Also included in his agenda is local tourism. “There is tremendous scope for pilgrimage tourism in Tujjar Sharief since it is the birthplace of the famous Kashmiri saint, Makhdoom Sahib. Some time ago, Baseer Khan, adviser to Lieutenant Governor Manoj Sinha, visited our area and we placed this demand before him. He was very positive so we are hopeful,” said Dar. But he also added a note of warning. If his agenda is not implemented due to government indifference, he and locals will take to the streets.
Mohammad Saleem Parray, an advocate and DDC member from Sagam-Kokernag in South Kashmir’s Anantnag district, said that he too will be focusing on development issues plaguing his area — lack of water, roads and electricity.
“It may take some time for the people and the DDC members to understand the situation that emerges after the DDCs are formally constituted with a chairman or chairperson. We are not sure about the protocol so far. Once we understand the processes involved, we will be able to provide some relief to the people,” said Saleem Parray. He said he was keen to work on innovative measures in education. He has drawn up some plans and proposals which he will unveil to the people in due course.
“In the past, development could not take place in the panchayats and wards since the elected representatives were not given enough money,” said Mohammad Ismaeel Khan, DDC member from Boniyar-Uri. With the formation of DDCs, he hoped that adequate money will be allocated for the development of panchayats, wards and villages.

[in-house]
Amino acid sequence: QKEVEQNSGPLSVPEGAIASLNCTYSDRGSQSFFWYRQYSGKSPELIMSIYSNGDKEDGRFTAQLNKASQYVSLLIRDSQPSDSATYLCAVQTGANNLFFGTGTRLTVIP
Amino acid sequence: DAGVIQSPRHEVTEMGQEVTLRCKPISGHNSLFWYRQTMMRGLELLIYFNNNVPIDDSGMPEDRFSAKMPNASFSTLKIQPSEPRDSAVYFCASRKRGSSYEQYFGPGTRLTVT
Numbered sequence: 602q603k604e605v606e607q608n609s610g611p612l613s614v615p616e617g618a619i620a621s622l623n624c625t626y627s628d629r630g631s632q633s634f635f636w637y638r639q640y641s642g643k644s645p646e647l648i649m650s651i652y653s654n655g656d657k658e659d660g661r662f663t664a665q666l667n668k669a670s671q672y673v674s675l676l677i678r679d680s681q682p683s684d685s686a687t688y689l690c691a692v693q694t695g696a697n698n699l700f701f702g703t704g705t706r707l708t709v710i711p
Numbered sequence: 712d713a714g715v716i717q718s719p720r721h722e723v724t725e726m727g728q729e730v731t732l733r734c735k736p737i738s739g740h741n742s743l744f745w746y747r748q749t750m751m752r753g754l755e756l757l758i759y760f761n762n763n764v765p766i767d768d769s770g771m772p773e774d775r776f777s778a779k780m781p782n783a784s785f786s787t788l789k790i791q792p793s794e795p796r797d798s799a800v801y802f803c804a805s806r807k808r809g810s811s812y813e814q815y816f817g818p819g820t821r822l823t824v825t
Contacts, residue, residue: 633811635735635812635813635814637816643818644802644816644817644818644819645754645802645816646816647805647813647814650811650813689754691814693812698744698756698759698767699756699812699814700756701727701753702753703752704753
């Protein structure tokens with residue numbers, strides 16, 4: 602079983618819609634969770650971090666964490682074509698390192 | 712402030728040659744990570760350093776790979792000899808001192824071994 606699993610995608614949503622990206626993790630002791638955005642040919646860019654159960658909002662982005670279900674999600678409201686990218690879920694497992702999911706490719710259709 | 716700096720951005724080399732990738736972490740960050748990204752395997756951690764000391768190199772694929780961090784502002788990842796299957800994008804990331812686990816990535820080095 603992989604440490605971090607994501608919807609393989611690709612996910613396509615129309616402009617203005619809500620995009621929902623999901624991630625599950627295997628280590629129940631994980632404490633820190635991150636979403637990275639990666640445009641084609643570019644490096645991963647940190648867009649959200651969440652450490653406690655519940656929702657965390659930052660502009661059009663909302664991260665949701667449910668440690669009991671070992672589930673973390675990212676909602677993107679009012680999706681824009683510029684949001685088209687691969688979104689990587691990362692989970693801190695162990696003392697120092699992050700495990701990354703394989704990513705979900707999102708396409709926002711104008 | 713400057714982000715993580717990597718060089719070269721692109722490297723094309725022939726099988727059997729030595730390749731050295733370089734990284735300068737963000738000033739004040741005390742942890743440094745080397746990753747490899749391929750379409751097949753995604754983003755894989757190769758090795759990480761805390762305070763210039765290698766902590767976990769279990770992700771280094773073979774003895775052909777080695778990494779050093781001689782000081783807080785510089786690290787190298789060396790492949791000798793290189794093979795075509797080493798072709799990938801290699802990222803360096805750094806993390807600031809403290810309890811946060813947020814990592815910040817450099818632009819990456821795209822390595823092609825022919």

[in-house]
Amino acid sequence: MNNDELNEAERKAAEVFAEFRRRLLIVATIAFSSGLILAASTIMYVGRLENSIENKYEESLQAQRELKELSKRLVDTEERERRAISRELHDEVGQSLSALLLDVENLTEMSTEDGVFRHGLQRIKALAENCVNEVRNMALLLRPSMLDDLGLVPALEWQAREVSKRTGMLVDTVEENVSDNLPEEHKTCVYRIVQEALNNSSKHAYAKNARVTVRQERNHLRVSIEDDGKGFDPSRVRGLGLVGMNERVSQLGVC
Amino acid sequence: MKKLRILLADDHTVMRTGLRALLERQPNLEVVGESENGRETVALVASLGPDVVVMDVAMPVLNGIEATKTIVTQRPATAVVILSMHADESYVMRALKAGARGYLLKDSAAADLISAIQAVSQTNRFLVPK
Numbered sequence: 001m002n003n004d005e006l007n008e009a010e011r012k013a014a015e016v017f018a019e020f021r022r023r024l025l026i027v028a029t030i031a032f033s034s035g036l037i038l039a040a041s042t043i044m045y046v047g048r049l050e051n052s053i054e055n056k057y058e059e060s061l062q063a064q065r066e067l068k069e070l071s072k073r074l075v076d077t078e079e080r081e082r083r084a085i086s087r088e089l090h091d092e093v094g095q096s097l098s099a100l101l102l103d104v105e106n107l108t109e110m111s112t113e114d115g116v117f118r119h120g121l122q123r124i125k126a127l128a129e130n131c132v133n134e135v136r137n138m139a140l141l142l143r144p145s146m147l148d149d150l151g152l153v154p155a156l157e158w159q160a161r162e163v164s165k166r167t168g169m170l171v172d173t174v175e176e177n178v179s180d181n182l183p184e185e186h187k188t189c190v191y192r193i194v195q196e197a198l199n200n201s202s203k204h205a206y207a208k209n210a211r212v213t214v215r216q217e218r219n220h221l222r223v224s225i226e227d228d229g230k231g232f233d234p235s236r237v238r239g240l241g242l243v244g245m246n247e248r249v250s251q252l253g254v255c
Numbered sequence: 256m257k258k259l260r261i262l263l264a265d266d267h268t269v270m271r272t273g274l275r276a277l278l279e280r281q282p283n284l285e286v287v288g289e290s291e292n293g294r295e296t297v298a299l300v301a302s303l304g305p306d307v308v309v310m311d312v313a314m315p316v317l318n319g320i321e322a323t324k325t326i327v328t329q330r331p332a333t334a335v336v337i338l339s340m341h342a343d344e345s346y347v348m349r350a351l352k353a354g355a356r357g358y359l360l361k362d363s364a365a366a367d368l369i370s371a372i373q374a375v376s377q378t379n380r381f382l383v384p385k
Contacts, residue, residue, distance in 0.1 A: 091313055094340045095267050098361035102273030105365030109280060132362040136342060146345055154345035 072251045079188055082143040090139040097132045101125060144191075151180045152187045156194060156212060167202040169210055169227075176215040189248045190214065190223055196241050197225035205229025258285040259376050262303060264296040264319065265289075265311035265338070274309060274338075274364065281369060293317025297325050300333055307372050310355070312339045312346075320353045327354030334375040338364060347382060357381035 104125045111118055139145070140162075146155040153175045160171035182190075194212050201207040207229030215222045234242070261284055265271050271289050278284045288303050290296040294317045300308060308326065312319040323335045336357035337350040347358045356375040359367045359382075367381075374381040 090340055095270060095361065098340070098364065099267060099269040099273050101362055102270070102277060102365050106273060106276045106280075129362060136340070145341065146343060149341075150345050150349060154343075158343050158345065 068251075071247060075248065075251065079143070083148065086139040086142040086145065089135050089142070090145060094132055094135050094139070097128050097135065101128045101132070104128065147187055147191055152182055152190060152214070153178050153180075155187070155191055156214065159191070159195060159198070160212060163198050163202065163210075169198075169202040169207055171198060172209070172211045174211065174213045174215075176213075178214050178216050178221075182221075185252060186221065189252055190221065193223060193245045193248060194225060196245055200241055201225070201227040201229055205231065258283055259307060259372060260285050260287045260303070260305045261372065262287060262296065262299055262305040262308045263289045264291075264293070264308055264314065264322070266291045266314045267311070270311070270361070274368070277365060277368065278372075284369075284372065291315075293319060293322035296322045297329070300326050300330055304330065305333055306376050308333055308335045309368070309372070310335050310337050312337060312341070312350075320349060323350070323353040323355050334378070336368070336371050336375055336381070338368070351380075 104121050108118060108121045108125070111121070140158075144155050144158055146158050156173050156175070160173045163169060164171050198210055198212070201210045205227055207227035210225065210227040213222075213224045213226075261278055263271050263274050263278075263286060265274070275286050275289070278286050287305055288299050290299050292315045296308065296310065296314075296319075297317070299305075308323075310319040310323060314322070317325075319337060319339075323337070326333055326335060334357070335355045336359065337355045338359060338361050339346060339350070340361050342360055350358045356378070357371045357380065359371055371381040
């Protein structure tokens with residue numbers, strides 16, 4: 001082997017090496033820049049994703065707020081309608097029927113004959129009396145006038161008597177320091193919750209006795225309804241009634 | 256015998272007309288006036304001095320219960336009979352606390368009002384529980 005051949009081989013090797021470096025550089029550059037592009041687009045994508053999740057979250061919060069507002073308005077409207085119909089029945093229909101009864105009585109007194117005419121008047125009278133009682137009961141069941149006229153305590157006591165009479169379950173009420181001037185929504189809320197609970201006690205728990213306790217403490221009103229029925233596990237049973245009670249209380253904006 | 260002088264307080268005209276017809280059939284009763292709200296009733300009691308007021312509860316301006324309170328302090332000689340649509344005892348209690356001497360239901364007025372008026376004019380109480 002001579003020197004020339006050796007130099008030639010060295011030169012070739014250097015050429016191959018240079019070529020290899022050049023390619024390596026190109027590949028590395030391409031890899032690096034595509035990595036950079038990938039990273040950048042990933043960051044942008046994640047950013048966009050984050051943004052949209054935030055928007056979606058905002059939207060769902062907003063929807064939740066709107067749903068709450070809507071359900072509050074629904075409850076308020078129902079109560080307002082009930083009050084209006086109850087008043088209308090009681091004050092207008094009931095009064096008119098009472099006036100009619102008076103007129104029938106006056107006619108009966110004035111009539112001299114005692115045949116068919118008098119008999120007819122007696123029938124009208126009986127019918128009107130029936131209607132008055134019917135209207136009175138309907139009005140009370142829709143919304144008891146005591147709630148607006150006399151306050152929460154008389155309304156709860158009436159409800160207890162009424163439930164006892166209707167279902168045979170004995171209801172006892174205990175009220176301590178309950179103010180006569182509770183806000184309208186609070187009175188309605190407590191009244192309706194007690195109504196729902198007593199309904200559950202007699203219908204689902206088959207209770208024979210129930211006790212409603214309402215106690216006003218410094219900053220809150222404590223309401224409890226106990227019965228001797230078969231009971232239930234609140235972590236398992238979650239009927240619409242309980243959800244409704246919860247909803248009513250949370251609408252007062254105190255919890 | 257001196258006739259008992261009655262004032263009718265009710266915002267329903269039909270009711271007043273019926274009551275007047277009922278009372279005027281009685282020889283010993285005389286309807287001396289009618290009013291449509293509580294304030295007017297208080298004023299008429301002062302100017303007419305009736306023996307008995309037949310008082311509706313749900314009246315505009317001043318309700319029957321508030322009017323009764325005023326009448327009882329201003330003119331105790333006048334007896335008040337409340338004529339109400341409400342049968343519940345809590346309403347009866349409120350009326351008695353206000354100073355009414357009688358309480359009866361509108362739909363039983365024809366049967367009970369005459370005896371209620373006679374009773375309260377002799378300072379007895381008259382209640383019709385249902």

“It is ironical that today an executive engineer of the Jal Shakti department has no money to issue a single pipeline for drinking water in any village. After the DDC elections we are hopeful that funds will be allocated," said Ismaeel.
Ismaeel said that roads in his area were in the worst condition possible and needed to be fixed under the Pradhan Mantri Gram Sadak Yojna (PMGSY). At least six villages in Bagna and adjacent areas did not have any road connectivity whatsoever. Besides, Limber village had no mobile network. Overall, mobile connectivity needs to be much better.
Sheikh Javed Ahmad, a lawyer and a DDC member from Anantnag district, said that the role and responsibilities of a DDC member would be known in due course of time. He claimed that he was well aware of his mandate. “The broader picture will emerge once the DDCs take practical shape,” he said.
“The people want better drinking water, power facilities and road connectivity. I hope to make a difference,” he said.
The DDC member from Sogam-Kupwara, Nasir Lone, also said his area had very irregular supply of electricity, making the lives of people unbearable due to the gruelling winter, the worst in decades.
“Unscheduled power cuts have become routine. Electricity transformers need to be upgraded. Electric wires and poles have worn out,” he says. “Many households don’t even have piped water connections. In winter, water pipes get frozen so people have no water supply.”
Sogam-Kupwara also suffers from a shortage of doctors, technicians, laboratory staff, para-medics and other staff. Also, payments due to the beneficiaries under the Swachh Bharat Mission (SBM) are pending for long.